Credit: "No Life Before Coffee" via Flickr CC

A love story for privacy, warnings about website trackers, and implications past your laptop screen; what lurks beneath.

Tracking is ubiquitous on the internet. Specifically, the kind that involves creating and keeping a record of one’s travels around the internet by augmenting some of the programming in your browser. A record more thorough than that found in the history tab, and of the few people that understand it, the numbers that take action are predictably small. This isn’t rabbit season, predefined and finite—it’s money season, and as Drake says, business is “’bout it every day, every day, every day / Like we sittin’ on the bench,… we don’t really play / Every day, every day, fuck what anybody say.”

Tracking your browsing activity is two-fold:

  1. It creates advertising based around your activity. For example: you’re planning a vacation, and soon after you start comparing prices for flights and hotels, you notice the advertisements you see anywhere over the internet are now pitching you hotels or flights to your potential destination.
  2. It provides a curated/personalized browsing experience. As technology becomes more complex, so too the specificity of preference tracking. Companies track the activities, system data, and browsing habits of people who visit their sites, with hopes to continually improve the user experience of their visitors. This is part of an ongoing process which changes both how data is presented to a user and the data itself.


Consider the history tab in your browser. It shows you all the places you’ve been, in case you need to backtrack and find something. The history tab is the road map of your daily, weekly, and even monthly travels, the most readily accessible data set produced by your browsing habits. Anyone who has access to this data can form a large series of assumptions about what you do, how you do it, what you buy, how you buy it, and how much time you invest in it—whatever “it” may be. Do you frequent the Guardian as opposed to the New York Times or USA Today? Do you visit any traditional news media pages at all? Do you prefer visiting or your personal trading account?

Your internet history effectively creates an image of you, from which even the most rudimentary analysis will describe patterns that are very fertile ground for advertising and marketing companies.


In the infamous words of Fox news, “some people say” that this type of surveillance (because that’s what it is) doesn’t matter. It’s purely benign and passive, so why bother caring, let alone actively working against its collection? It’s about privacy, and to me, there’s almost no price too high to pay to keep it intact. Where I go is my personal business (literally, my presence is business for others), and the point to make is that if marketers were following you as you made your rounds shopping, wouldn’t you call that stalking?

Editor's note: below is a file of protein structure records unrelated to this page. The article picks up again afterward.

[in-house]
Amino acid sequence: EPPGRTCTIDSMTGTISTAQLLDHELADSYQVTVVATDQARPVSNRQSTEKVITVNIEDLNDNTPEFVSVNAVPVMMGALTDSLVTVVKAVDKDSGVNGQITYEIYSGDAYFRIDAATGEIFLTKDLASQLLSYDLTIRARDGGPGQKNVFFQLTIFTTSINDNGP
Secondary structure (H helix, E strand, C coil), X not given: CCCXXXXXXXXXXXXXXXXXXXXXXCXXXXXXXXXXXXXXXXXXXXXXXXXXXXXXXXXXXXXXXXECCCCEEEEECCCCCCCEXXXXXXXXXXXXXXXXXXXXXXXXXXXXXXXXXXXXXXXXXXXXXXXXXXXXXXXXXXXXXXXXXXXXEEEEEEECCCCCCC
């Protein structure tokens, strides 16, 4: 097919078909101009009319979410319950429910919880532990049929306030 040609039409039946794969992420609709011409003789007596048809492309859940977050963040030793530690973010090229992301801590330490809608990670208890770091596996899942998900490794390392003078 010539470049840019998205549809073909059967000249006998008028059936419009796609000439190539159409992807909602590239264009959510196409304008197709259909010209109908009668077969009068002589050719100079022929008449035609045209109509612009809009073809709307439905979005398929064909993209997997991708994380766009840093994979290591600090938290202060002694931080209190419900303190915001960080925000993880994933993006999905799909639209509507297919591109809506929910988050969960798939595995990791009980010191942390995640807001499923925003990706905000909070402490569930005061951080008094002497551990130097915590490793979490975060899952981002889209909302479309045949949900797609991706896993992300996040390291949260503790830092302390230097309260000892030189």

Placing a high value on privacy means making certain sacrifices and being more selective about allowances and the many mundane social contracts we engage in daily. I don’t fill out online surveys and I don’t do the social networking thing (no FB, G+ or anything like that, thank you very much). I do not wish to broadcast my information, and the exercise of my personal choice lies in direct conflict with advertising. Where I go is my business, and it is an advertiser’s business only so long as I am in their store—digital or otherwise.

As a disclaimer, I’m a bit of a privacy nut and also a private person. Thankfully, not to the point where I avoid all physical interaction, but I admittedly take it more seriously than many people, especially in the age of internet, where everybody knows your user-name, where to find you, what you look like, what you eat, what color your underwear is, and how you like your sex. The internet does not forgive, it does not forget. Expect it.

It is neither my buying nor browsing or clicking habits that lead to further investment of time and monies—it is the continued efforts of the taste-maker and content creator.

It is neither my buying nor browsing or clicking habits that lead to further investment of time and monies—it is the continued efforts of the taste-maker and content creator.That’s a lot of information to have under anyone’s microscope, and in light of that, I try to keep the tracking and monitoring of my activities on the internet in the dark. I use three or four different anti-tracker programs, depending on what computer I’m using; I generally try to be conscious of my browsing habits, keeping in mind that I am being watched and my habits are monitored (while at work, they most surely are—don’t know if it’s a legal requirement, but I know it’s practice); I make sure that my browsing habits change as I move around. Since eliminating advertising is sadly impossible if one decides to use the internet, and given that the nature of the ads I see is related to my browsing history, thanks to the trackers, I’d like to give as little data away as possible. In other words, I am loath to give anyone any more information with which they can try to sell me something more efficiently. I am not in the business of emptying my pockets for anyone’s gain but my own, doing my best to keep the buying power literally in my hands.